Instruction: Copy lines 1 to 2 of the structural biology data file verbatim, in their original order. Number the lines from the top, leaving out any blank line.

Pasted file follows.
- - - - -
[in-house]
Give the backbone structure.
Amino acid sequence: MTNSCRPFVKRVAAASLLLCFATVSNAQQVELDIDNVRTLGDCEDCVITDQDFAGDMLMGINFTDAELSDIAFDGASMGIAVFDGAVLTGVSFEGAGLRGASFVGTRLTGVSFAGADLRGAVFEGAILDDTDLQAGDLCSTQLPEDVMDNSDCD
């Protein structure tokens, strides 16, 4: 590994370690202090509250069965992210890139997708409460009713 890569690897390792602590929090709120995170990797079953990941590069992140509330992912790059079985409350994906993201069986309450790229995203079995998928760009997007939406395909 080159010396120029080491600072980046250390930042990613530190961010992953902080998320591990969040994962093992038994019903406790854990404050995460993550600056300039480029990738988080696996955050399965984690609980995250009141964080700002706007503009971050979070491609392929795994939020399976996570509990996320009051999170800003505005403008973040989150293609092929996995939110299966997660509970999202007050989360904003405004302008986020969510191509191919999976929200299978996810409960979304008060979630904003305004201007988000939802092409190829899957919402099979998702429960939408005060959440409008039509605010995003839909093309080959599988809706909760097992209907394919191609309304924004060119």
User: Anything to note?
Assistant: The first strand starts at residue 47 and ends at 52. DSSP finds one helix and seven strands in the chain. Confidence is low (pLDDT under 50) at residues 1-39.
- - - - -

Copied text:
[in-house]
Give the backbone structure.